thanks.

your pal,
blake


I've just always refrigerated it. Works for me for a max of about 5 days
before the quality begins to noticeably change.
--
Peace, Om

Remove _ to validate e-mails.

"My mother never saw the irony in calling me a Son of a bitch" -- Jack Nicholson
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Old 04-07-2007, 05:21 PM posted to rec.food.cooking
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Default storing fresh corn

On Wed, 04 Jul 2007 10:20:49 -0500, Omelet
wrote:

In article ,
blake murphy wrote:

if you buy corn on the cob and circumstances dictate that you can't
cook it until the next day, should you refrigerate it or leave it out?
does cold accelerate the sugar to starch process, or slow it down?

thanks.

your pal,
blake


I've just always refrigerated it. Works for me for a max of about 5 days
before the quality begins to noticeably change.


thanks, om and others. that's what i've done in the past, but i never
really thought about it.

your pal,
blake
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Old 04-07-2007, 06:26 PM posted to rec.food.cooking
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Default storing fresh corn

Omelet wrote:

In article ,
blake murphy wrote:

if you buy corn on the cob and circumstances dictate that you can't
cook it until the next day, should you refrigerate it or leave it out?
does cold accelerate the sugar to starch process, or slow it down?

thanks.

your pal,
blake


I've just always refrigerated it. Works for me for a max of about 5 days
before the quality begins to noticeably change.
--
Peace, Om


For raw, unhusked corn, I just refrigerate in veggie drawer for a couple
of days at most in a loose kitchen towel that's been slightly
moistened. My problem is

I've read in many places that it's recommended to blanch the corn before
freezing it. I've tried that and freezing plain, raw corn, too. I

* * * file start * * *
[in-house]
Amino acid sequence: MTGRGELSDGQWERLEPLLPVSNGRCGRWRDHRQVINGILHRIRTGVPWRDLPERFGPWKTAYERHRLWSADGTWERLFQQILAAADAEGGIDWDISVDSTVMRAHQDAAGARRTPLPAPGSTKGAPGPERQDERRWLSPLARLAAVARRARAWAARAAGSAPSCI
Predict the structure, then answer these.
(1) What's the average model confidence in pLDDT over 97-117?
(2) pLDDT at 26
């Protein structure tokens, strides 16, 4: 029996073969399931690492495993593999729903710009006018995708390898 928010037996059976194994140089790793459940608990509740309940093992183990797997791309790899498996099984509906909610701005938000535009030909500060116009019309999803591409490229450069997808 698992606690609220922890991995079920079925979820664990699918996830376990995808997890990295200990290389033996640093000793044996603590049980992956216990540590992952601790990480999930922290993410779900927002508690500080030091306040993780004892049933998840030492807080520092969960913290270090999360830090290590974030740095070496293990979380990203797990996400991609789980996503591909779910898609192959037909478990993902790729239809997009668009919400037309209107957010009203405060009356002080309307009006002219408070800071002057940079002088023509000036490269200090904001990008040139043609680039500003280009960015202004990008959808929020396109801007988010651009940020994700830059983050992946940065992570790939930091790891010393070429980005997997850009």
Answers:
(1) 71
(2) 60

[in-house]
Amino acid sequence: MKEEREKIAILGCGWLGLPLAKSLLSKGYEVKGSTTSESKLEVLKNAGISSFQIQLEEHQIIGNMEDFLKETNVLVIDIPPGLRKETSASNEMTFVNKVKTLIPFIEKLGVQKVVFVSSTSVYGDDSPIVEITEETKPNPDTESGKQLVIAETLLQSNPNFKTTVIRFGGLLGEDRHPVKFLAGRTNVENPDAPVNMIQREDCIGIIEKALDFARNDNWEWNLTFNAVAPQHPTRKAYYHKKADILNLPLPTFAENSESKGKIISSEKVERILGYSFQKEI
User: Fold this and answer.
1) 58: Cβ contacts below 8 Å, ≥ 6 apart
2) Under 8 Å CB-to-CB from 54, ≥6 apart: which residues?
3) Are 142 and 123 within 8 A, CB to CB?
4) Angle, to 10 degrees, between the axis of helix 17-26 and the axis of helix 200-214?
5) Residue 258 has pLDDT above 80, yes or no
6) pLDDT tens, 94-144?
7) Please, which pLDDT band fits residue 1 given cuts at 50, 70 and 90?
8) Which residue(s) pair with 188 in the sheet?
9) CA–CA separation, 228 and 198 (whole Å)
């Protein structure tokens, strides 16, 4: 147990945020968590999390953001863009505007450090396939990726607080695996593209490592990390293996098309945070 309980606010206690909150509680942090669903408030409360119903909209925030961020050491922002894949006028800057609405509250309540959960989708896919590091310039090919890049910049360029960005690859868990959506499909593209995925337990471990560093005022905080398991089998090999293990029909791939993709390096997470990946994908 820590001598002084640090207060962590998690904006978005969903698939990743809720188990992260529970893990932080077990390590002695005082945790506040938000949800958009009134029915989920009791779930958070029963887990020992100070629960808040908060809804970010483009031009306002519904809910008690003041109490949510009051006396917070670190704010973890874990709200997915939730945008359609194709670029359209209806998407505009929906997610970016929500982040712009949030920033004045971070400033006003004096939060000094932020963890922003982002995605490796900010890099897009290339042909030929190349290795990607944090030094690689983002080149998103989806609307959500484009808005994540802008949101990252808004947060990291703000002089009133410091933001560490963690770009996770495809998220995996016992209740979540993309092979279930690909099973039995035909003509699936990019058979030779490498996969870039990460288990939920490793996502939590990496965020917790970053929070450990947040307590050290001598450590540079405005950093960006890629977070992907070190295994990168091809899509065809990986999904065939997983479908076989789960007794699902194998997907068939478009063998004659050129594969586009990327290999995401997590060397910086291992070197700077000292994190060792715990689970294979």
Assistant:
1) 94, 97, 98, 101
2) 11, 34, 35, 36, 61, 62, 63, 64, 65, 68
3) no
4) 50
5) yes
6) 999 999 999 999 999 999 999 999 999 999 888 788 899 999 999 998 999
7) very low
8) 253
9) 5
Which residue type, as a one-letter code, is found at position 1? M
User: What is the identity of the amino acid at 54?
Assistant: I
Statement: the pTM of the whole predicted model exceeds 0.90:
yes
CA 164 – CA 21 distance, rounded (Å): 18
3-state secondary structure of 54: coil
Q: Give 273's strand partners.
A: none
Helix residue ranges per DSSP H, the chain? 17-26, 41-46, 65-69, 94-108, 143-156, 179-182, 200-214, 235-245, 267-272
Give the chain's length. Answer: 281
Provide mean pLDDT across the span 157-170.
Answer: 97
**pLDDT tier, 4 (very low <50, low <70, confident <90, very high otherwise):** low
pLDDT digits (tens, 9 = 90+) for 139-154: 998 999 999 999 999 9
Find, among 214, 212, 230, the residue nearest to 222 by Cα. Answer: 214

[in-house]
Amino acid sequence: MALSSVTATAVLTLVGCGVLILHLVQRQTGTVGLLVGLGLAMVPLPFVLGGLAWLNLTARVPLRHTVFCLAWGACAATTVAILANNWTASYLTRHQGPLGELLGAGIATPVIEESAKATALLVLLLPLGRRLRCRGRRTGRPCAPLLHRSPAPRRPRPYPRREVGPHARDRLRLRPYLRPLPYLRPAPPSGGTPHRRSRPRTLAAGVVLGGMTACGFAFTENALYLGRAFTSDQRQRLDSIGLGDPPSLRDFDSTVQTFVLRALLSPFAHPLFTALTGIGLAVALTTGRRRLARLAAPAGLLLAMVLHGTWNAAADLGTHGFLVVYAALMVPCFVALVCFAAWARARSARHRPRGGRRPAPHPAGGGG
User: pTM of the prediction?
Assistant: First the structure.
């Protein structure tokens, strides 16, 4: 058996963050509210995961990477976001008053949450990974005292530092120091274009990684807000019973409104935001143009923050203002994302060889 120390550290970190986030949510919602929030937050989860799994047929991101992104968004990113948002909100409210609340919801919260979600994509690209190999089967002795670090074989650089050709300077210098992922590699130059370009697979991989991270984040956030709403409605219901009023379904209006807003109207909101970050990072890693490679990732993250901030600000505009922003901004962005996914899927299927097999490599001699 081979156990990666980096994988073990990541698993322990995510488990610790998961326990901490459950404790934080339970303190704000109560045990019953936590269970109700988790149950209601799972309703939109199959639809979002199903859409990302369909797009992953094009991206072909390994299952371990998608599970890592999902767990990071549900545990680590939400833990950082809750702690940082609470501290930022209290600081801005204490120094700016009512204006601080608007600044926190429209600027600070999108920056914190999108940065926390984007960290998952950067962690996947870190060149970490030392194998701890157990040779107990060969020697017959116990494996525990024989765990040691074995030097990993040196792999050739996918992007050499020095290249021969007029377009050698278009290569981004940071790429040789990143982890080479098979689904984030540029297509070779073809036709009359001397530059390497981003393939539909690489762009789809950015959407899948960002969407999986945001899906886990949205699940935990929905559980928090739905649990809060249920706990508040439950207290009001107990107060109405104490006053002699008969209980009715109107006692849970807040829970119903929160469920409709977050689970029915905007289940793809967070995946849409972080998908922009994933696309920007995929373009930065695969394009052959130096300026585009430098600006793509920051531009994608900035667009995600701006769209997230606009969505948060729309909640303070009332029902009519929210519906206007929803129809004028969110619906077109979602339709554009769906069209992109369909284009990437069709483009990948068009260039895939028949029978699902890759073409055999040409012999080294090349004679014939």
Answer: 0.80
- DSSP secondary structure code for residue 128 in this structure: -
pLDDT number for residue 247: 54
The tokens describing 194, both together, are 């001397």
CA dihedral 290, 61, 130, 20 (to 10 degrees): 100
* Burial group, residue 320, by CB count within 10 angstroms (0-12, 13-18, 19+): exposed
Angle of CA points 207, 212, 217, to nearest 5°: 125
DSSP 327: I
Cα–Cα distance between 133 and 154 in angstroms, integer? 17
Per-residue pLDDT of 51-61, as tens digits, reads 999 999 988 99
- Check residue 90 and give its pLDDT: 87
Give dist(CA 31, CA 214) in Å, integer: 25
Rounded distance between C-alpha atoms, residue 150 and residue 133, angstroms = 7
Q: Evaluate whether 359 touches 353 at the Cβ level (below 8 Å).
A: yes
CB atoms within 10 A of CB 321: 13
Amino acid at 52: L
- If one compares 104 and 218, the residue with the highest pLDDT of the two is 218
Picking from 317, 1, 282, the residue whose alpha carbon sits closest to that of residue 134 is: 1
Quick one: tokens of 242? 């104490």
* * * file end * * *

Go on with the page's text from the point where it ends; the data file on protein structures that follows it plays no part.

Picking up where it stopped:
found I prefer freezing the plain-raw corn instead because I've noticed
that blanching seems to do something to the texture. I'll try again
this year to verify my memory.

Hmmm, I wonder if freezing corn-on-the-cob in its husk is a good idea??
I've never done that before. I'd use a vacuum-sealed bag if I did.

Sky
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Old 04-07-2007, 06:33 PM posted to rec.food.cooking
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Default storing fresh corn

"Skyhooks" wrote in message
...
Omelet wrote:

In article ,
blake murphy wrote:

if you buy corn on the cob and circumstances dictate that you can't
cook it until the next day, should you refrigerate it or leave it out?
does cold accelerate the sugar to starch process, or slow it down?

thanks.

your pal,
blake


I've just always refrigerated it. Works for me for a max of about 5 days
before the quality begins to noticeably change.
--
Peace, Om


For raw, unhusked corn, I just refrigerate in veggie drawer for a couple
of days at most in a loose kitchen towel that's been slightly
moistened. My problem is

I've read in many places that it's recommended to blanch the corn before
freezing it. I've tried that and freezing plain, raw corn, too. I
found I prefer freezing the plain-raw corn instead because I've noticed
that blanching seems to do something to the texture. I'll try again
this year to verify my memory.

Hmmm, I wonder if freezing corn-on-the-cob in its husk is a good idea??
I've never done that before. I'd use a vacuum-sealed bag if I did.

Sky


Why wonder? If it was a good idea, Green Giant would do it that way. But,
they don't.


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Old 04-07-2007, 06:42 PM posted to rec.food.cooking
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Default storing fresh corn

In article ,
blake murphy wrote:

if you buy corn on the cob and circumstances dictate that you can't
cook it until the next day, should you refrigerate it or leave it out?
does cold accelerate the sugar to starch process, or slow it down?

thanks.

your pal,
blake


Refrigerate it. Absolutely.
--
-Barb, Mother Superior, HOSSSPoJ
http://www.jamlady.eboard.com - story and
pics of Ronald McDonald House dinner posted 6-24-2007